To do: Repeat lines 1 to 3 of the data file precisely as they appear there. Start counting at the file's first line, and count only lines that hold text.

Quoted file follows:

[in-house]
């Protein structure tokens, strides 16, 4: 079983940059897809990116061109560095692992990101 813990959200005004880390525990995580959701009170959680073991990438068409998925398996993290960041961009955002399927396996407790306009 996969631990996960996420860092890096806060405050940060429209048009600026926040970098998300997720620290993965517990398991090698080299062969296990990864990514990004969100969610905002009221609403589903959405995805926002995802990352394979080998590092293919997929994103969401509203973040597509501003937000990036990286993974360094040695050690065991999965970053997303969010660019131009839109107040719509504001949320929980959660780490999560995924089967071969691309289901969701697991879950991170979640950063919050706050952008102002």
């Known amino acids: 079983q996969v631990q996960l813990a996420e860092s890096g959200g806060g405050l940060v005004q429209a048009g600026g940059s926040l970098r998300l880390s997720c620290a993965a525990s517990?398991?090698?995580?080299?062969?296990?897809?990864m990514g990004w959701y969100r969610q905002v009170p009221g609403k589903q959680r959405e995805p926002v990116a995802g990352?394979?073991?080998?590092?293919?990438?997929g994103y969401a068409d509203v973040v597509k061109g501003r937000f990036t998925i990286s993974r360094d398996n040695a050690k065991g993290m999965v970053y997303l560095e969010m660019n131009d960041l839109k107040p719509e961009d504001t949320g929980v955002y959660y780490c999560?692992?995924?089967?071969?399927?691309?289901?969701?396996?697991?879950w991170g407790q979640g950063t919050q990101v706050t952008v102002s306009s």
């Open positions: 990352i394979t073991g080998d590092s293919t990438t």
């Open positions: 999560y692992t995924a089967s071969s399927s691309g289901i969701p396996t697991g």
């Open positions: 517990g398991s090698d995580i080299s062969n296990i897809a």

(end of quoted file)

[in-house]
């Protein structure tokens, strides 16, 4: 079983940059897809990116061109560095692992990101 813990959200005004880390525990995580959701009170959680073991990438068409998925398996993290960041961009955002399927396996407790306009 996969631990996960996420860092890096806060405050940060429209048009600026926040970098998300997720620290993965517990398991090698080299062969296990990864990514990004969100969610905002009221609403589903959405995805926002995802990352394979080998590092293919997929994103969401509203973040597509501003937000990036990286993974360094040695050690065991999965970053997303969010660019131009839109107040719509504001949320929980959660780490999560995924089967071969691309289901969701697991879950991170979640950063919050706050952008102002």
């Known amino acids: 079983q996969v631990q996960l813990a996420e860092s890096g959200g806060g405050l940060v005004q429209a048009g600026g940059s926040l970098r998300l880390s997720c620290a993965a525990s517990?398991?090698?995580?080299?062969?296990?897809?990864m990514g990004w959701y969100r969610q905002v009170p009221g609403k589903q959680r959405e995805p926002v990116a995802g990352?394979?073991?080998?590092?293919?990438?997929g994103y969401a068409d509203v973040v597509k061109g501003r937000f990036t998925i990286s993974r360094d398996n040695a050690k065991g993290m999965v970053y997303l560095e969010m660019n131009d960041l839109k107040p719509e961009d504001t949320g929980v955002y959660y780490c999560?692992?995924?089967?071969?399927?691309?289901?969701?396996?697991?879950w991170g407790q979640g950063t919050q990101v706050t952008v102002s306009s």